In a blistering attack on the SENEC idea, Nkemjika raises a number of issues, to which Dr. Dozie Ikedife responded, although quite frankly, the response is a bit flippant and sentimental.

It merely called Nkemjika names, reaffirmed the commitment of Ohaneze to South Eastern Nigeria’s economic development, and urged us all to support the move to organize SENEC. It did not address some of the quite valid concerns which Nkemjika raised, mostly regarding the structure, and the legal instruments that might create the commission.

I do not for one moment think that Chris Okoye and the AIAE, and the Harvard Trust Mortgage Bank are storefront scams, out to bilk the South East. I think that they may indeed be on to something that could significantly reconstitute and transform the East as an economic and social zone.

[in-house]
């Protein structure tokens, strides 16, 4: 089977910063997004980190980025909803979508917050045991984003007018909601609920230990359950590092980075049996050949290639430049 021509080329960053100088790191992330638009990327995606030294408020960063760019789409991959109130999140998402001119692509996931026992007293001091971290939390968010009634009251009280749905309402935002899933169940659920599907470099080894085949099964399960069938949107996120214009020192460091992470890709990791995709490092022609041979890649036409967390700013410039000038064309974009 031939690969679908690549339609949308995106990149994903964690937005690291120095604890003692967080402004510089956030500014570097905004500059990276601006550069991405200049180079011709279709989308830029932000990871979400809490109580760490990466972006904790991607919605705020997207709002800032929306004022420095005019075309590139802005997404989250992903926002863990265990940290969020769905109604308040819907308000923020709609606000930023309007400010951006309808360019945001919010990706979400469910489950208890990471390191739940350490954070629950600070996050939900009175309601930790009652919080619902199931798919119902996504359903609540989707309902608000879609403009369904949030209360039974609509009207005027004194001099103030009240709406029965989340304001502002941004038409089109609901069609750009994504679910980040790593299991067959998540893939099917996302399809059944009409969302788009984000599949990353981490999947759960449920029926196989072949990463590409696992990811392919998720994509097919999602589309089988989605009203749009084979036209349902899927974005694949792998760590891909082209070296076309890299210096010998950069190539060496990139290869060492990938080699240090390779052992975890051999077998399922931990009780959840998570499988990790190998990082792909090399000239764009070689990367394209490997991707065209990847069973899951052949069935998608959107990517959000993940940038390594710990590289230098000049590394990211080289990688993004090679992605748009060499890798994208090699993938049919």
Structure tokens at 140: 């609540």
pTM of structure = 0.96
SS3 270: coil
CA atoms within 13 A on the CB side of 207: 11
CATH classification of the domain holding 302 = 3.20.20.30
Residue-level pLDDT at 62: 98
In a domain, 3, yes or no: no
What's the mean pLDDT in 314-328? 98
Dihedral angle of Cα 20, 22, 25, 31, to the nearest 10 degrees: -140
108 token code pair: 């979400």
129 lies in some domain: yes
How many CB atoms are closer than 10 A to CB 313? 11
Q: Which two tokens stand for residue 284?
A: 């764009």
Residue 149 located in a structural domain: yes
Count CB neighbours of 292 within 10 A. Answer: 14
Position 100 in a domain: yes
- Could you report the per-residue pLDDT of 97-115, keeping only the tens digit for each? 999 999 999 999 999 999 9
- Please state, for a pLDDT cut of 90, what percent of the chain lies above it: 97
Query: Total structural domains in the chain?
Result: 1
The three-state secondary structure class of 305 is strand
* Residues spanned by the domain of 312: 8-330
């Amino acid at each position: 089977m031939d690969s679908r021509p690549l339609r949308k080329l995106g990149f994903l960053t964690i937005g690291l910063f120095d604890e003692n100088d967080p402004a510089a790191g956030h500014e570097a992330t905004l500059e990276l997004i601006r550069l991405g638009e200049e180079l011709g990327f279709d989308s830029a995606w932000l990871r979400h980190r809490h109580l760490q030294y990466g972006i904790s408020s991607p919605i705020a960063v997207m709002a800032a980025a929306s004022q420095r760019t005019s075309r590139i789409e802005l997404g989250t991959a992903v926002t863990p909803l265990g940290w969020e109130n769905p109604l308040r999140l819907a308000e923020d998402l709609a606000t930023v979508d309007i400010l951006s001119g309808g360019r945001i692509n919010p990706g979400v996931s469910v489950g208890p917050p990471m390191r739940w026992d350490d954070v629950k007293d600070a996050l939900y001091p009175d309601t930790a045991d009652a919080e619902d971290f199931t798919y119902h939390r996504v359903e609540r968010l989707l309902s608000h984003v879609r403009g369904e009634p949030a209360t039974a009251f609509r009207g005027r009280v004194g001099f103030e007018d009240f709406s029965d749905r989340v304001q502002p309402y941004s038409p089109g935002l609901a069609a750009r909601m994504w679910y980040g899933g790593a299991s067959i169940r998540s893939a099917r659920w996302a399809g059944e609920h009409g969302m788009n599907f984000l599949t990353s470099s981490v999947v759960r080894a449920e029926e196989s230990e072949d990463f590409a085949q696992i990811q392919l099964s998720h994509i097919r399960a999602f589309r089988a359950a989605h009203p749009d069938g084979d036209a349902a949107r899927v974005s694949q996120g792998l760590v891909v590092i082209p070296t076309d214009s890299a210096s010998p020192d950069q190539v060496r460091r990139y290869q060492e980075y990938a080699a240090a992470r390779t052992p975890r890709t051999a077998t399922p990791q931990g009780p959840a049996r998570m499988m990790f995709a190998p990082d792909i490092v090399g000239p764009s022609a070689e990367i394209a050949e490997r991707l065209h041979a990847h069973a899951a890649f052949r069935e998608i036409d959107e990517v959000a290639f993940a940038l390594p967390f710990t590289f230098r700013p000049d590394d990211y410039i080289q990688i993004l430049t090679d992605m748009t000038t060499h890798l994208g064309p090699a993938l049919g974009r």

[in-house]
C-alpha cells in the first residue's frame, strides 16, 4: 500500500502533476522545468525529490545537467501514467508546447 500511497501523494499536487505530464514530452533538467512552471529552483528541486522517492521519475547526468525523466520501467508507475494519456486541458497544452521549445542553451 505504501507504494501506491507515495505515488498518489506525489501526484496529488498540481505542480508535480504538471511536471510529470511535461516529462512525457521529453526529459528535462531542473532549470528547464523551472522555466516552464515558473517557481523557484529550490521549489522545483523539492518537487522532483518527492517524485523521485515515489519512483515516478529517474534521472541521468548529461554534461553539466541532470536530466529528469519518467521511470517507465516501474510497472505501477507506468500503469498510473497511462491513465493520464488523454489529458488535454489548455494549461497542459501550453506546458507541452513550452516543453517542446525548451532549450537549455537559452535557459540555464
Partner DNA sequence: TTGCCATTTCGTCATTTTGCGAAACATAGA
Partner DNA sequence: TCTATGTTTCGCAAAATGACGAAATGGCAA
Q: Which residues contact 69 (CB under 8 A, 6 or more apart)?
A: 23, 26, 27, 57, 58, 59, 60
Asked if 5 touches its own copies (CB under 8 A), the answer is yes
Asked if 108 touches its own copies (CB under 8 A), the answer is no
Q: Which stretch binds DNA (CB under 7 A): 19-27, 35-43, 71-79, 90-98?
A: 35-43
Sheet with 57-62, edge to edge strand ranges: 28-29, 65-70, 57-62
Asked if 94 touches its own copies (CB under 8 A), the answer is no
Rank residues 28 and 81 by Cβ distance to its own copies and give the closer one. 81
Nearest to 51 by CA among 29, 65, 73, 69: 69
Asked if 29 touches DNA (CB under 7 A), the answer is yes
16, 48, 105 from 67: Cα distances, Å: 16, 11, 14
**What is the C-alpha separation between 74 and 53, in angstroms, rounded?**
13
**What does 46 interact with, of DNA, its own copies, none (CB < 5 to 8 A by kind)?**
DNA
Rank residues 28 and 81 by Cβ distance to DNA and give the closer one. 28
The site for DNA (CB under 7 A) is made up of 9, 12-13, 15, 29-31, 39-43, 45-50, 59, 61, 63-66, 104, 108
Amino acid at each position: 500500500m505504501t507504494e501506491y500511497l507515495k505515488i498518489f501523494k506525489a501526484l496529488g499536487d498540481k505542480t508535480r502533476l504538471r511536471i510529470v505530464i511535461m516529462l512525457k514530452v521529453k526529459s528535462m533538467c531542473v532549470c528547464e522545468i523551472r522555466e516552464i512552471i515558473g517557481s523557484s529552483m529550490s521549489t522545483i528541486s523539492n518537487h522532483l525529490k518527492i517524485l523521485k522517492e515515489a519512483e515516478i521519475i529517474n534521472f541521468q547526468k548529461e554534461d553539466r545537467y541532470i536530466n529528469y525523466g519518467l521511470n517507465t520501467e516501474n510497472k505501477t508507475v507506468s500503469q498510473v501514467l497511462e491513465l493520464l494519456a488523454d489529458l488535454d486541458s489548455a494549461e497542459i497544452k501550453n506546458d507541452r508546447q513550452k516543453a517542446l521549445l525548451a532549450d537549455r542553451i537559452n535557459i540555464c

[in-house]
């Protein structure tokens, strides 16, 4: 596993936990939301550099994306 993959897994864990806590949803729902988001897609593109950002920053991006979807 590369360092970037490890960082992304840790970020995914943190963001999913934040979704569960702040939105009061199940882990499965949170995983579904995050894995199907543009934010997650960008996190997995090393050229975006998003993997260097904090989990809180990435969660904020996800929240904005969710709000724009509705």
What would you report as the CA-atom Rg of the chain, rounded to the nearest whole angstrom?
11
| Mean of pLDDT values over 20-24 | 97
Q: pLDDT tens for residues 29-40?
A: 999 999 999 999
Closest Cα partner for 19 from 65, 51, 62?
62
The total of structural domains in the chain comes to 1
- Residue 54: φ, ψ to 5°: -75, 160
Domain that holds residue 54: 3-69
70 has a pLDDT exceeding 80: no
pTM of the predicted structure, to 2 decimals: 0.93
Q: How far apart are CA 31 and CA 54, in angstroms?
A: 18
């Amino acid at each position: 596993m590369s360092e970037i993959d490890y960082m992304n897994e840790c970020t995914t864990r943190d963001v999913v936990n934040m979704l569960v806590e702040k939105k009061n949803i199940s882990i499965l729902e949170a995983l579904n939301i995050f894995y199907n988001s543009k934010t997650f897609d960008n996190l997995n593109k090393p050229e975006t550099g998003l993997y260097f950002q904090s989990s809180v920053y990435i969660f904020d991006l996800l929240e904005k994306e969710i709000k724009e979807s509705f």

But it is important to pause a bit, and listen to some of the concerns raised by Nkemjika, because those concerns are fundamentally, at the core of what may make or mar this initiative.

It would also be important to get the structure right, from the very beginning, so that this initiative would become a truly organic public trust, aimed at the economic and social revitalization of the East. Part of the plans by Ohaneze and AIAE in this proposal is to establish the South East Nigeria Development Fund.

It is an important and vital move. But Nkemjika raises these equally vital concerns: “A scheme whose “critical first step” is to step a South-East Nigeria Development Fund (SENDEF), which would then deposit mobilized fund in banks and micro-finance companies for interest accruals, before any thought is given to what projects to execute, cannot be an effective platform to develop Igbo land.